Both sides agree Almestadi not criminally responsible for Totem Park attack

For the past two weeks, Thamer Almestadi, 19, has been on trial for attempted murder, aggravated assault and assault with a weapon in connection with an attack that took place on October 4, 2016 on a fellow UBC student.

Monday, both Crown counsel Daniel Porte and Almestadi’s defence counsel presented similar submissions to BC Supreme Court Judge Margo Fleming: that Almestadi should be found not criminally responsible (NCR) for his attack on Mary Hare.

Almestadi’s defence emphasized that for the sake of her argument, the testimony of Dr. Jeannette Smith is “paramount.” A forensic psychology and criminal responsibility expert, Smith previously testified that she agreed with an NCR verdict based on the evidence and her own meetings with Almestadi.

“[Smith’s] opinion should be accorded great weight,” said the defence. “The evidence available to her was comprehensive.”

Keeping in mind the two legal components of NCR cases — an incapability of appreciating the nature and quality of the act and an incapability of comprehending the morality of the act — his defence asserted that Almestadi’s mental health at the time caused him to fall under these parameters.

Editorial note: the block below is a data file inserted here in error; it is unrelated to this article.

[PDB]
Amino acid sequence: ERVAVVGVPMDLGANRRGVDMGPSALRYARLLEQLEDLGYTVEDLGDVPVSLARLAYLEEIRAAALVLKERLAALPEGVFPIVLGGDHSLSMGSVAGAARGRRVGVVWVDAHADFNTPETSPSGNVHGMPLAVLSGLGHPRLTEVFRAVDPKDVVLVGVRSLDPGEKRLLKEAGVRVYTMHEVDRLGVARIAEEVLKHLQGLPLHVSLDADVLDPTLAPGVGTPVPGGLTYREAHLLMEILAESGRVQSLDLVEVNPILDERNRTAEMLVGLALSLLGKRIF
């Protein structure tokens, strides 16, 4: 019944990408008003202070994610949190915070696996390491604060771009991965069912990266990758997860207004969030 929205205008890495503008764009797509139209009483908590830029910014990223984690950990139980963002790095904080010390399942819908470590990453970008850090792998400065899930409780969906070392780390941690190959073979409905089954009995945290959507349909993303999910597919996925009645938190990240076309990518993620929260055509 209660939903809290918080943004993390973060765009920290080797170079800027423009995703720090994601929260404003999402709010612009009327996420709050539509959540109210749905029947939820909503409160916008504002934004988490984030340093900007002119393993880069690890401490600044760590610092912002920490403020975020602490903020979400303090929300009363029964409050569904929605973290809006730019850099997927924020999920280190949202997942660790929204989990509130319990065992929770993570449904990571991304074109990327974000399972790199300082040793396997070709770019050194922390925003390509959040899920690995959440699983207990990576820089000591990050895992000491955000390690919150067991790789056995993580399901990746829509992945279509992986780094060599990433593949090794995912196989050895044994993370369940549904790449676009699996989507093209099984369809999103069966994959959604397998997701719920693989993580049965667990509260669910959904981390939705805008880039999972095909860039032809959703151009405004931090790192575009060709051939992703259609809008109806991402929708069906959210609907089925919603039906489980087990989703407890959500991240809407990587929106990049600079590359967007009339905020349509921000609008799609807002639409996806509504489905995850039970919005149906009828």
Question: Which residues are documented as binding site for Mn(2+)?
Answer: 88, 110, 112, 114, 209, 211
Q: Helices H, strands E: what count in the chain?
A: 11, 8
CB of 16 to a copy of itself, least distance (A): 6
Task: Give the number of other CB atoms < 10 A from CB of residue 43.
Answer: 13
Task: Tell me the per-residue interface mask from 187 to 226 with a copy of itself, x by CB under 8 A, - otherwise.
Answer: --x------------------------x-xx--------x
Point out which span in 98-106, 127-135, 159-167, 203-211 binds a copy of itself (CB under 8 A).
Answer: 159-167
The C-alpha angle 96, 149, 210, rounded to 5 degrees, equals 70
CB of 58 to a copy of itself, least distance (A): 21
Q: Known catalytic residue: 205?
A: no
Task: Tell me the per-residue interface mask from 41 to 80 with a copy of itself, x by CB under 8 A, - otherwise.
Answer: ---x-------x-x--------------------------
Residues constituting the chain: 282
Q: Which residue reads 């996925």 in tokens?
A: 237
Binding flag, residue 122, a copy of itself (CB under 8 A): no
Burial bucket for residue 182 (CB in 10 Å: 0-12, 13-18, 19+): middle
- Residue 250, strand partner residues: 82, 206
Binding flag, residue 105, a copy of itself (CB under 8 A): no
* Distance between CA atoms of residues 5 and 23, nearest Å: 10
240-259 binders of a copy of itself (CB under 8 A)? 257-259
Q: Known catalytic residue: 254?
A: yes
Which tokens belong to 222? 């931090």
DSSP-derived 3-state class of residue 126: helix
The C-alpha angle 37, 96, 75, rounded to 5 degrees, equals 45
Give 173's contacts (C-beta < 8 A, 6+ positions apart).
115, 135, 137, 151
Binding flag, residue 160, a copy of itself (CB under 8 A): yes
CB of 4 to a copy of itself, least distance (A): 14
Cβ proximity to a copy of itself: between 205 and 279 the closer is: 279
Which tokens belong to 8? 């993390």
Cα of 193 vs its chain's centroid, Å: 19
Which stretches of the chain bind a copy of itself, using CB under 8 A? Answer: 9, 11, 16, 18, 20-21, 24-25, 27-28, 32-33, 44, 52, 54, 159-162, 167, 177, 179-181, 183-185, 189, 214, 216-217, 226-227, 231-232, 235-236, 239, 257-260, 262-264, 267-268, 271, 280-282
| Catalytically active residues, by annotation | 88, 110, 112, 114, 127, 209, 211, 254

Both Smith and another psychiatrist, who examined Almestadi but did not testify to the court, agreed that while it is likely that Almestadi appreciated the nature and quality of his act — he testified that he was trying to kill Hare and would have if he wasn’t stopped — he did not appreciate the morality of it.

Smith noted that in her expert opinion, Almestadi was suffering from a month-long “brief pyschotic episode” (BPE) that produced delusions that aligned attacking Hare with the will of God. The BPE could have been triggered by stress. This aligns with the testimony of witnesses, she said, including Almestadi’s RA, his teachers, his family and other students.

During her submission, Almestadi’s defence counsel argued that often, legal defences that fall under section 16 of the Canadian Criminal Code and pertain to NCR are often “complicated and nuanced, but [this case] is not.”

Porte noted that while he may not agree with each individual piece of evidence as supporting a not criminally responsible argument, he agrees with the tenure of it.

Judge Fleming will present her decision to the court on Thursday, October 26.